Granted, these minimums do not include all of the expenses that will go into constructing these things.
The board also said that casino projects would entail up to hundreds of millions of dollars in additional costs that it did not include in the capital requirements — things like land acquisition, legal work and marketing. Those expenses could swell the investment in a hypothetical Orange County project, for example, to nearly $500 million, it said. [NYT]
But still, we're hardly talking about prohibitive amounts here.  I would surmise that Genting would be willing to spend up to twice that amount to have a casino just 40 miles from Manhattan.

Expenses related to convincing local communities to vote in favor of a casino - a requirement by the Gaming Commission - would presumably not count towards the minimums.  According to a report on the Capital NY website, a loophole in the law means that companies hoping to build in communities with populations of less than 50,000 would not even have to disclose their lobbying expenses there.
 And all but one of the known locations where the 22 different casino bidders have said they plan to build casinos are in towns, hamlets and villages with populations under the 50,000 population threshold, leaving it unclear how much, if anything, the casino bidders have spent to cultivate community support. [Capital New York]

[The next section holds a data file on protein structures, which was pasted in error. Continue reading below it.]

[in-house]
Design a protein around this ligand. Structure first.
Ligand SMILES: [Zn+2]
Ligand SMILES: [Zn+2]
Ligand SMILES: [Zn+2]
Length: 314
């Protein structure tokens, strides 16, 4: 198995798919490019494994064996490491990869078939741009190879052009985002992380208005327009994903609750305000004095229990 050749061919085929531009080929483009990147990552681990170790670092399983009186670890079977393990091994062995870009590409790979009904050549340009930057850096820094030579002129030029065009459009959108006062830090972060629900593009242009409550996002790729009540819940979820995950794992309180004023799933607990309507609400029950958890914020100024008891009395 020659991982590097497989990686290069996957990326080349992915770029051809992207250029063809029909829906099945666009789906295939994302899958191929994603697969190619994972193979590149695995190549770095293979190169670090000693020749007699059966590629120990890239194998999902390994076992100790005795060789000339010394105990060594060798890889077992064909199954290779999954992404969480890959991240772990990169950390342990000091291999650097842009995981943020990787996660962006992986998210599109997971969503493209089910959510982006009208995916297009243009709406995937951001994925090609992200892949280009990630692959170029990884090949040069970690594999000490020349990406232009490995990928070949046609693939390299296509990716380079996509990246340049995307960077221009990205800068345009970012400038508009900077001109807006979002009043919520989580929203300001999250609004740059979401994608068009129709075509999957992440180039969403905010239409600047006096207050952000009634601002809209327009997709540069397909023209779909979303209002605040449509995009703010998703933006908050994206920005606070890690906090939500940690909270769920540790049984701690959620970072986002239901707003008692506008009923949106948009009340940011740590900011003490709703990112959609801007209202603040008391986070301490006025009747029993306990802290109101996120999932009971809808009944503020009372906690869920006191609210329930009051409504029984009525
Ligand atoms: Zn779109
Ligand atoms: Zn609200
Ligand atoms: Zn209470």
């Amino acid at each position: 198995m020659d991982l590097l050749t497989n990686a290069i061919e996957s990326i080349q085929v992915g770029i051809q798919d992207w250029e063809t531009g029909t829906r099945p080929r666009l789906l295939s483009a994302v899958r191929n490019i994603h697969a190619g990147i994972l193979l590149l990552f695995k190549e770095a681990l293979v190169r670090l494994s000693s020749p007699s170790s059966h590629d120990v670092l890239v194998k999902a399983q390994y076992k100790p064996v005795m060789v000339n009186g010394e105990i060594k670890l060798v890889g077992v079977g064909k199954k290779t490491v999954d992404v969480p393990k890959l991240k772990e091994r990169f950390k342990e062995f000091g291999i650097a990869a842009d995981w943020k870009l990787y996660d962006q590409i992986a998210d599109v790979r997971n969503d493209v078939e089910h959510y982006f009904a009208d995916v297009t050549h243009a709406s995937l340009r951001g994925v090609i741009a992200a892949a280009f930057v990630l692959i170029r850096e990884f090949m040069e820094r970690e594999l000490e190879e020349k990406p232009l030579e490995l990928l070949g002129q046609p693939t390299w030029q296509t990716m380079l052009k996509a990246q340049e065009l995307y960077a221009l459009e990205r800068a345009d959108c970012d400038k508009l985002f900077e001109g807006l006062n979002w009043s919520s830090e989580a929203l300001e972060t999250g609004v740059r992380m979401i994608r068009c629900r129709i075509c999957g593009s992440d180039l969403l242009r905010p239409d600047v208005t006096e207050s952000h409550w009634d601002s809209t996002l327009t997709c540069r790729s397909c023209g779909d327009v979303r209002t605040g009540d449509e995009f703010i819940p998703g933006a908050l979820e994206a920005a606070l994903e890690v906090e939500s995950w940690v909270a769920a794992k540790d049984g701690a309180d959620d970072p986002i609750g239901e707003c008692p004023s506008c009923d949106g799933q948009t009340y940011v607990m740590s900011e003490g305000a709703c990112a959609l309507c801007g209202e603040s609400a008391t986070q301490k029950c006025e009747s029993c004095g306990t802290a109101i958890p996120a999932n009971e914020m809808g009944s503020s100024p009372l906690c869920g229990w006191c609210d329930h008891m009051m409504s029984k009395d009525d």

Gotta love loopholes, eh?

Speaking of disclosure, the details of NYRA CEO Chris Kay's contract have been released.  James Odato, writing in the Albany Times Union, claimed it was a FOIL request by his paper that led to the release.  But blogger Tom Noonan spilled the beans on the contract last week, claiming that it was his FOIL request that was responsible.  We'll have to give the nod to Noonan here, who revealed the generous severance clauses contained in Kay's contract on his blog well before Odato did.

Nonetheless, NYRA released the information after initially opposing it.
"Disclosure of the requested records would constitute an unwarranted invasion of Mr. Kay's personal privacy under Public Officers Law," NYRA wrote last summer. "Mr. Kay is not a public employee. He, therefore, has a significant privacy interest in avoiding disclosure of the requested records. [Albany Times Union]
I have to say that I fully agree with that.  NYRA is presently not supported by taxpayers, so I don't really see where the details of the contract is anybody's business.  I mean, by the same logic, then wouldn't we be entitled to know what Tom Durkin or Andy Serling makes?